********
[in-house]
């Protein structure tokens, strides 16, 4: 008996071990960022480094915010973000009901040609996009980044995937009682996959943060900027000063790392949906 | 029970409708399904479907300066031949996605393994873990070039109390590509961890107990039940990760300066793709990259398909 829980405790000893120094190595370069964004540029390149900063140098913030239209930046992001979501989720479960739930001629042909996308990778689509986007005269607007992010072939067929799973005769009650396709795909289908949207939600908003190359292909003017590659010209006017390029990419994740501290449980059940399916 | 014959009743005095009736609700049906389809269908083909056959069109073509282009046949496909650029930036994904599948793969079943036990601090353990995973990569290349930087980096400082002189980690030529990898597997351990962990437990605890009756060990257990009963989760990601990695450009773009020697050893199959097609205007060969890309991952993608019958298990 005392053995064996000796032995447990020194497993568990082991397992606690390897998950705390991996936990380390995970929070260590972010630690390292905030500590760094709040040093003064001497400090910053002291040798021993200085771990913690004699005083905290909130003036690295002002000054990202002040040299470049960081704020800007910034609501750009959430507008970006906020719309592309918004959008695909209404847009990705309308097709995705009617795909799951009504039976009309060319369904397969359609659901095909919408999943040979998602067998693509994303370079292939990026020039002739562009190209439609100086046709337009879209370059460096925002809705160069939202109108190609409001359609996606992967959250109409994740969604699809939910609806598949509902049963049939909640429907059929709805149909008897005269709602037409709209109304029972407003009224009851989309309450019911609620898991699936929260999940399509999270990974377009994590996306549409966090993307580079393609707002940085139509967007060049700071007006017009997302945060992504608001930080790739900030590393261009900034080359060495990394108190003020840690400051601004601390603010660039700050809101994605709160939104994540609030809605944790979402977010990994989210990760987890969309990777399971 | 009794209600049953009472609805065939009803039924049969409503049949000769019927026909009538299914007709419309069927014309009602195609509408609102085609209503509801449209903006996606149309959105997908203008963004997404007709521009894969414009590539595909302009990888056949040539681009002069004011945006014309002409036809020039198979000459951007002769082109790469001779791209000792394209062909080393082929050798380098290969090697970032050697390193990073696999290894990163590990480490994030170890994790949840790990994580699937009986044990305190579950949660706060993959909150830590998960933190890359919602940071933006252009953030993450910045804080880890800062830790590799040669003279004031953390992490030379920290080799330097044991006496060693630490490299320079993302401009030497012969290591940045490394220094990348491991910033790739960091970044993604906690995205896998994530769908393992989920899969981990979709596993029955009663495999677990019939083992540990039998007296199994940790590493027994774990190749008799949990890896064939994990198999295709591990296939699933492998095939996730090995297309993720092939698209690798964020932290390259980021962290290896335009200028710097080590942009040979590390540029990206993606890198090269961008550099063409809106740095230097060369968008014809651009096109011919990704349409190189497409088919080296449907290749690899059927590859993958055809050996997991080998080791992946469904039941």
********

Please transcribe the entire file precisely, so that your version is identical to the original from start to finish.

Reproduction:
[in-house]
């Protein structure tokens, strides 16, 4: 008996071990960022480094915010973000009901040609996009980044995937009682996959943060900027000063790392949906 | 029970409708399904479907300066031949996605393994873990070039109390590509961890107990039940990760300066793709990259398909 829980405790000893120094190595370069964004540029390149900063140098913030239209930046992001979501989720479960739930001629042909996308990778689509986007005269607007992010072939067929799973005769009650396709795909289908949207939600908003190359292909003017590659010209006017390029990419994740501290449980059940399916 | 014959009743005095009736609700049906389809269908083909056959069109073509282009046949496909650029930036994904599948793969079943036990601090353990995973990569290349930087980096400082002189980690030529990898597997351990962990437990605890009756060990257990009963989760990601990695450009773009020697050893199959097609205007060969890309991952993608019958298990 005392053995064996000796032995447990020194497993568990082991397992606690390897998950705390991996936990380390995970929070260590972010630690390292905030500590760094709040040093003064001497400090910053002291040798021993200085771990913690004699005083905290909130003036690295002002000054990202002040040299470049960081704020800007910034609501750009959430507008970006906020719309592309918004959008695909209404847009990705309308097709995705009617795909799951009504039976009309060319369904397969359609659901095909919408999943040979998602067998693509994303370079292939990026020039002739562009190209439609100086046709337009879209370059460096925002809705160069939202109108190609409001359609996606992967959250109409994740969604699809939910609806598949509902049963049939909640429907059929709805149909008897005269709602037409709209109304029972407003009224009851989309309450019911609620898991699936929260999940399509999270990974377009994590996306549409966090993307580079393609707002940085139509967007060049700071007006017009997302945060992504608001930080790739900030590393261009900034080359060495990394108190003020840690400051601004601390603010660039700050809101994605709160939104994540609030809605944790979402977010990994989210990760987890969309990777399971 | 009794209600049953009472609805065939009803039924049969409503049949000769019927026909009538299914007709419309069927014309009602195609509408609102085609209503509801449209903006996606149309959105997908203008963004997404007709521009894969414009590539595909302009990888056949040539681009002069004011945006014309002409036809020039198979000459951007002769082109790469001779791209000792394209062909080393082929050798380098290969090697970032050697390193990073696999290894990163590990480490994030170890994790949840790990994580699937009986044990305190579950949660706060993959909150830590998960933190890359919602940071933006252009953030993450910045804080880890800062830790590799040669003279004031953390992490030379920290080799330097044991006496060693630490490299320079993302401009030497012969290591940045490394220094990348491991910033790739960091970044993604906690995205896998994530769908393992989920899969981990979709596993029955009663495999677990019939083992540990039998007296199994940790590493027994774990190749008799949990890896064939994990198999295709591990296939699933492998095939996730090995297309993720092939698209690798964020932290390259980021962290290896335009200028710097080590942009040979590390540029990206993606890198090269961008550099063409809106740095230097060369968008014809651009096109011919990704349409190189497409088919080296449907290749690899059927590859993958055809050996997991080998080791992946469904039941």